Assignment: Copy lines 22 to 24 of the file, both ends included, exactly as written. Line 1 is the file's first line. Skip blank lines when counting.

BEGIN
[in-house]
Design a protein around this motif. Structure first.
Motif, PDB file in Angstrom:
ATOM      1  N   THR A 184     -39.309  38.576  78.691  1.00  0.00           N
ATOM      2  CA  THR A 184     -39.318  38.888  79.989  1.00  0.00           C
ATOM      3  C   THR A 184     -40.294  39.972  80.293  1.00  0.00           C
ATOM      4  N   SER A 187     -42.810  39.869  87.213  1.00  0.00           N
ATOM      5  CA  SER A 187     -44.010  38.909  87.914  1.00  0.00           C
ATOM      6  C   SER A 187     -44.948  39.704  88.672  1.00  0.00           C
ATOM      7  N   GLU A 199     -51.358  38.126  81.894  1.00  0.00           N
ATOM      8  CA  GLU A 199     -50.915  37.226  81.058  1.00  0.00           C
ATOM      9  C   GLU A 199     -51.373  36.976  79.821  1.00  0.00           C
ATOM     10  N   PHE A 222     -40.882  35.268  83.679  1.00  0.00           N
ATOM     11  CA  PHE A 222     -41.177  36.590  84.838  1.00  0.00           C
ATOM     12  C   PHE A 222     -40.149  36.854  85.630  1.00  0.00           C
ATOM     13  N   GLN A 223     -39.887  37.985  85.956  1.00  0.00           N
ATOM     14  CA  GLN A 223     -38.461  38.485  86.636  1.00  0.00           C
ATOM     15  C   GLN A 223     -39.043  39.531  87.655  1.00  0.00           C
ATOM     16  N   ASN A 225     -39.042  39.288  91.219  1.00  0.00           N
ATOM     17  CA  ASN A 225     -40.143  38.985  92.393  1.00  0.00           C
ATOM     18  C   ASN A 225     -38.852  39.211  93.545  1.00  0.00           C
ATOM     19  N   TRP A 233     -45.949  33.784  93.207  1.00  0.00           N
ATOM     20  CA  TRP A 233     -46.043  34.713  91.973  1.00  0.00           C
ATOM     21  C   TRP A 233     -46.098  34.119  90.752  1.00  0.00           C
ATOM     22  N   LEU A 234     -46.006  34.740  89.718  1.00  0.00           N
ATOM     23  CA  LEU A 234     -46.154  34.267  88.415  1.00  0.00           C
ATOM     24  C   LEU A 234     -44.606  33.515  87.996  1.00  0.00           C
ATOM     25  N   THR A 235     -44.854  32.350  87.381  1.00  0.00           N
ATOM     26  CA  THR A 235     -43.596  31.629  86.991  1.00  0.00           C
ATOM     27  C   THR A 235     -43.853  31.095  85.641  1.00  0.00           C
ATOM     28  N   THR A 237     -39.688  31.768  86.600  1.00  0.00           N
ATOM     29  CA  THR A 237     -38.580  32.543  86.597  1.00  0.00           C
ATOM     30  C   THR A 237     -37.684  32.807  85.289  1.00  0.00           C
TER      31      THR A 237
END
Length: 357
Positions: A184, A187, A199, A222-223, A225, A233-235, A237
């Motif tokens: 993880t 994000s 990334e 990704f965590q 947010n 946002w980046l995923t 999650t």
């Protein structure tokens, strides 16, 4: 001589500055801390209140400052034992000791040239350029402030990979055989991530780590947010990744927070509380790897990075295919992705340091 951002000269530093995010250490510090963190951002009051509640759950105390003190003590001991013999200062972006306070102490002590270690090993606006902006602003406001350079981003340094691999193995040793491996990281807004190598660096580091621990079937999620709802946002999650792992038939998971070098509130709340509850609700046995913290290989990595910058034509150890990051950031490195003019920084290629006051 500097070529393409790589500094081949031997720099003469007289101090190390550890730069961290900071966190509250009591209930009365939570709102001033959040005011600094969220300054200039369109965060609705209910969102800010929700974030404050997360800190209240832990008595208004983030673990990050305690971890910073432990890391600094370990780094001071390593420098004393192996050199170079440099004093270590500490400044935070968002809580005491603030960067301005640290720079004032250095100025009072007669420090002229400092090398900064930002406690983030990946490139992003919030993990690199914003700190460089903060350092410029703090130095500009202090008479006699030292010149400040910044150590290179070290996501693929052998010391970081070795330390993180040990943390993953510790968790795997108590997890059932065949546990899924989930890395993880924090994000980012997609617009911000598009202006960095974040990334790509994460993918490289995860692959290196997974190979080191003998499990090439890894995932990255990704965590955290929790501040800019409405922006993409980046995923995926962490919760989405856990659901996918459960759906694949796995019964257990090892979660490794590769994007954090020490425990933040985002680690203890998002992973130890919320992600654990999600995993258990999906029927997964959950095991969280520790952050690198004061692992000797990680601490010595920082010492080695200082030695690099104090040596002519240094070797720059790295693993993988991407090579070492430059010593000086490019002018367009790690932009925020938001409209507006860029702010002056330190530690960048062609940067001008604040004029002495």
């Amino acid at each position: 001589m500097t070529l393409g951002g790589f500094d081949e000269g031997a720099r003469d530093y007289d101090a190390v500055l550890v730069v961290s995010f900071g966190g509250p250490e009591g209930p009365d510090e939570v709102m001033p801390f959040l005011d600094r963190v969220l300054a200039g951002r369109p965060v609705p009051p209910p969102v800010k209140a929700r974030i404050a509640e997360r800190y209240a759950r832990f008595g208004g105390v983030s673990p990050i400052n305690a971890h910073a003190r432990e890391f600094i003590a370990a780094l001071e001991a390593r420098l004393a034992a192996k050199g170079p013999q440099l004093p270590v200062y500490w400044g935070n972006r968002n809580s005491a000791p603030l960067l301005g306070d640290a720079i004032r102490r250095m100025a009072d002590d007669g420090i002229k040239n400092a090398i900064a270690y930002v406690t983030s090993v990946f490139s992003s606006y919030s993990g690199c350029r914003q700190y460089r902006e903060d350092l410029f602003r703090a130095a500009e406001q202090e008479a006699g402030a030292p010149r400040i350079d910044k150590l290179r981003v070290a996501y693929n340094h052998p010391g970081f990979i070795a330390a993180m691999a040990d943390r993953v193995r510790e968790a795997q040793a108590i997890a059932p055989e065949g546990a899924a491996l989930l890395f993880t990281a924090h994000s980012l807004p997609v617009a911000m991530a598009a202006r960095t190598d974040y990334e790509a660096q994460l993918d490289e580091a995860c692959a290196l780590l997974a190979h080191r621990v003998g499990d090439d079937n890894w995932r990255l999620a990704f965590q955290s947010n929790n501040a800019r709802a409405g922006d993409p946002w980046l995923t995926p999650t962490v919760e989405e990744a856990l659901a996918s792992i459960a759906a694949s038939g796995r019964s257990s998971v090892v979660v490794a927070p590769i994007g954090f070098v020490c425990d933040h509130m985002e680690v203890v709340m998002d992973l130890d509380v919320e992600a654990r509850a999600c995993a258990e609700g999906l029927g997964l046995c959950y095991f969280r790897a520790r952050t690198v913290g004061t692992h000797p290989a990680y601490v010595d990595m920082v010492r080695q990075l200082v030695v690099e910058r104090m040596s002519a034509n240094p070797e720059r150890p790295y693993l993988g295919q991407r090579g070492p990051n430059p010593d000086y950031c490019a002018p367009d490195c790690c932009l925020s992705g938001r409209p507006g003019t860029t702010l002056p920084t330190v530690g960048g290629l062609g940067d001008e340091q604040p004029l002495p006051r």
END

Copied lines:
ATOM     19  N   TRP A 233     -45.949  33.784  93.207  1.00  0.00           N
ATOM     20  CA  TRP A 233     -46.043  34.713  91.973  1.00  0.00           C
ATOM     21  C   TRP A 233     -46.098  34.119  90.752  1.00  0.00           C